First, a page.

Fact Check


Published Apr 23, 2013

Urban Legends Reference Pages: Inboxer Rebellion (DarkProfits)

Claim:   Your credit card has been charged $149.95 by DarkProfits.com for "1 Month Child Porn Unlimited Online Access."

Status:   False.

Example:   [Collected on the Internet, 2004]

Subject: Thank you for your order

Dear customer,

We are glad to inform you, that your DarkProfits.com Sales Order has been successfully completed.

Sales order number: 3445096-01.04
Customer' Number: 1333027
Amount charged: $149.95
Time of charge:
Product ordered: 1 Month Child Porn Unlimited Online Access.
Customer' Email: somebody@thisaddress.com

Please note, that refunds are not available for this type of transactions.
Your credit card was charged by www.darkprofits.com, it will appear on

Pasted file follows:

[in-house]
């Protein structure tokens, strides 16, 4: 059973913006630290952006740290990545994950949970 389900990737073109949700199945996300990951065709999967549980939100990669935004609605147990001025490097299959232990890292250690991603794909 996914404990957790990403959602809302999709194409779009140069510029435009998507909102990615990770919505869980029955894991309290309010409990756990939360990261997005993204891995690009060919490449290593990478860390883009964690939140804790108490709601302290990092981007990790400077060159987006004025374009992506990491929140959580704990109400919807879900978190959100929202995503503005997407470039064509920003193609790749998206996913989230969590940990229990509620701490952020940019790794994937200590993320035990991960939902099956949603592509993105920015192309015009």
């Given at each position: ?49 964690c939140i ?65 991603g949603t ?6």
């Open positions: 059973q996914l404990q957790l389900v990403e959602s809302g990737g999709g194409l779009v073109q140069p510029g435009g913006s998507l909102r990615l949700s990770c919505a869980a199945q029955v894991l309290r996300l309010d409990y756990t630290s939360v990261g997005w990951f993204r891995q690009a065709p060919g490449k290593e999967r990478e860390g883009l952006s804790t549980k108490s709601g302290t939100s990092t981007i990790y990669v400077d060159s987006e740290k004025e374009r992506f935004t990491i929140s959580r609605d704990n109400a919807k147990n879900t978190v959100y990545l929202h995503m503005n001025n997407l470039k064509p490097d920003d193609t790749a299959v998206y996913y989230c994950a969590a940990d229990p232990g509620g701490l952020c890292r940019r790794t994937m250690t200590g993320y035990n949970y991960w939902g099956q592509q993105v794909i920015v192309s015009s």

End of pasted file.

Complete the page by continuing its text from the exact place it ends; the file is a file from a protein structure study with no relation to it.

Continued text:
your next credit card's statement.

Kings regards,

DarkProfits.com Sales Department.


You can also cancel your order by phone:
call us +1 877 479 7378

Origins:   This spammed message — informing recipients that $149.95 charges have been placed on their credit cards for "1 Month Child Porn Unlimited Online Access" — is but the latest in a series of pranks directed at the DarkProfits web site. (Previous entries included a phony DarkProfits advertisement offering all sorts of illegal goods and services for sale and a similar bogus credit card charge alert.)

The perpetrators of this message don't really have an unauthorized list of credit card numbers, no charges have been placed against anyone's account, nor does DarkProfits.com sell access to child pornography. This item is just one more "joe job" prank (an attempt to pin blame on an uninvolved third party by forging messages in their name) intended to get people riled up at DarkProfits.com.

Calling the phone number listed in the "joe job" message quoted above will connect the caller to another innocent victim, AboveNet (an Internet Service Provider), an outfit that has been flooded with calls and has now placed an option on their voice messaging system to deal with them.

Last updated:   29 January 2004


David Mikkelson founded the site now known as snopes.com back in 1994.

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